Stone and his officers are swallowed in a huge fireball as tank shells rain in. David barely manages to break free and jump away before the headquarters explodes behind him. But he is stunned as Stone walks out of the ashes and morphs into a massive demon with ram's horns and huge leathery wings. After seriously wounding David he summons up his dark brethren as reinforcements and revives his dead army. In a full display of his supernatural powers, he even darkens the sun, plunging the whole battlefield into darkness.

The reinforcements soon outnumber and overrun the Mexican, Chinese, and American forces. In triumph Stone, now as Satan, celebrates as he cries out loudly that he is lord. At this boast, a bright white light lances down into ruins of the headquarters and begins dropping meteors of light upon the battlefield. Every enemy soldier is killed, while all of the allied survivors remained untouched and freed from their bonds. The fallen priest is dismayed at Satan's defeat and tries to run from the battlefield. A globe of light chases him and quickly impales him with swords of pure light. Satan himself is last, as he is driven to his knees and forced to admit that "Jesus" is Lord. After that the light pulverizes the ground beneath him, dropping him into a deep pit of lava, the Lake of fire. There he finds he is chained. As David lies on the ground still looking up, the light becomes brighter until everything fades away. The movie ends with a scene of paradise and a declaration that God has established his home with man forever.

Production and distribution[edit]

Megiddo: The Omega Code 2 has been aired frequently by the Trinity Broadcasting Network (TBN), both over the internet and on television, since its initial release in 2002.

The film was produced by Code Productions in conjunction with TBN's Gener8Xion Entertainment, Infinity Omnimedia, and TBN Films.

It was directed by Brian Trenchard-Smith. This was the biggest budget he had ever enjoyed for a film:[4]

When I came on board for [the film]... I thought, I’m going to have a bit of a sly smile at some of this stuff, not being a Pentecostal Christian myself. But if the Pentecostal Christians want to give me $20 million to make a film, I’m not going to say no. So I thought, what are my genre aspirations in this rather confused screenplay I‘ve been given? Let’s straighten it out along the following lines: let’s say it’s The Omen (1976) meets Air Force One (1997), with a bit of End of Days (1999)... And they fight the Battle of the Bulge, and are awarded with the Second Coming! I mean, those are some nice elements to put into your martini. And so I proceeded along those lines. It was a fun film to make, and primarily, the faithful have seen it. But I can tell you, it did have a slight sense of humor, even sub textually, it’s a fun film to see. It was interesting to see it with a mixed audience of Pentecostals and secular hedonists, and it was interesting to see where either side of the audience laughed, or they both laughed, or the Christians cheered. So it was interesting to see it, ultimately. It’s a fun romp [laughs], not usually what happens with a religious film.[1]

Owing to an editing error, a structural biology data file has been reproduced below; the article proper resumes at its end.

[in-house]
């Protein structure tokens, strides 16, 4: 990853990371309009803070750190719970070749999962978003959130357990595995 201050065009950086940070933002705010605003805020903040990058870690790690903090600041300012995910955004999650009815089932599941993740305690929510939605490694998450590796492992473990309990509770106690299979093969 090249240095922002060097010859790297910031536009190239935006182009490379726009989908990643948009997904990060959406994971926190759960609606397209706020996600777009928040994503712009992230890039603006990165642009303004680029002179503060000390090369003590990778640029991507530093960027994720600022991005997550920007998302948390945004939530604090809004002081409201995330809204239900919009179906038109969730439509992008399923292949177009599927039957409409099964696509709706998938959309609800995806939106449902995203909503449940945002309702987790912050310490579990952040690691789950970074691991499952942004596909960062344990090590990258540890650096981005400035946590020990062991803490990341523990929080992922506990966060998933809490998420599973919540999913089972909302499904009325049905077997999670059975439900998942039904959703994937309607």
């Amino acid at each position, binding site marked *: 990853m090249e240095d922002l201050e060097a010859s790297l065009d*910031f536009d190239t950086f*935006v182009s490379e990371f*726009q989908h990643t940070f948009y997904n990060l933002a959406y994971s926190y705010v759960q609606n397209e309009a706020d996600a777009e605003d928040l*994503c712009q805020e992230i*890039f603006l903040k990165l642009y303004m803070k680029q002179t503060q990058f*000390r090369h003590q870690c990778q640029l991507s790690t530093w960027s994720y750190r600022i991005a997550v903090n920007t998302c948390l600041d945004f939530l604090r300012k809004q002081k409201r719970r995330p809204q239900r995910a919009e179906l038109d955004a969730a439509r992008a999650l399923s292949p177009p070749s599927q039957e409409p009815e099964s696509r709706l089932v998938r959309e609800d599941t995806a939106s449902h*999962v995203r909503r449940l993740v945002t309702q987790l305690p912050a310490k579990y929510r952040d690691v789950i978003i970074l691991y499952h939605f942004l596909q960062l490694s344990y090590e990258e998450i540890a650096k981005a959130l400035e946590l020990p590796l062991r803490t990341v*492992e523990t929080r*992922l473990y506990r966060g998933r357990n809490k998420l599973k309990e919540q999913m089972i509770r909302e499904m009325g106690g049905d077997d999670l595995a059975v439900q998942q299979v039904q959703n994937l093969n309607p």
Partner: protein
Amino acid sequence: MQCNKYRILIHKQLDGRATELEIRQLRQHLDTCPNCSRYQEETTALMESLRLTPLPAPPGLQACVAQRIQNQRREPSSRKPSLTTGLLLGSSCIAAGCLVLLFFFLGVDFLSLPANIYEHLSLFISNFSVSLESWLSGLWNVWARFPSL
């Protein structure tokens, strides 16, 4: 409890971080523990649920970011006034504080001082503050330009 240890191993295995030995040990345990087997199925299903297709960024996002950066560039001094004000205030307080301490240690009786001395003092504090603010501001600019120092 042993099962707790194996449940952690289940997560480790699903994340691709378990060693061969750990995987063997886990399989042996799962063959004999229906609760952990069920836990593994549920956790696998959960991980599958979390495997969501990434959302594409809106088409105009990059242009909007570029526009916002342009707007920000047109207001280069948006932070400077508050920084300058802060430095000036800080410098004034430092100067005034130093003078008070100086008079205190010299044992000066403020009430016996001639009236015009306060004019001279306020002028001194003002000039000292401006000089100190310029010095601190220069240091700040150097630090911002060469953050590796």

See also[edit]


  1. ^ Stone is shown as having accepted a lesser position with the European Union in 1976. This is an anachronism, as the European Union was not established until 17 years later (although its forerunner, the European Communities, did exist at that time).
  2. ^ In the movie’s dialogue, the United States is sometimes equated with "the North American Zone"; however, a stylized world map appears to show all of North America as a single zone, and Mexico is portrayed in the film as a country distinct from the United States.


  1. ^ a b Bryan Van Campen, "Interview with Filmmaker Brian Trenchard-Smith",, November 14, 2012 accessed February 8, 2013
  2. ^ a b "Megiddo". TBN—Trinity Broadcasting Network. Retrieved June 11, 2012. 
  3. ^ "The Omega Code". TBN—Trinity Broadcasting Network. Retrieved June 11, 2012. 
  4. ^ "Brian Trenchard Smith on Megiddo Omega", Mondo Stump, November 28, 2007 accessed February 8, 2013

External links[edit]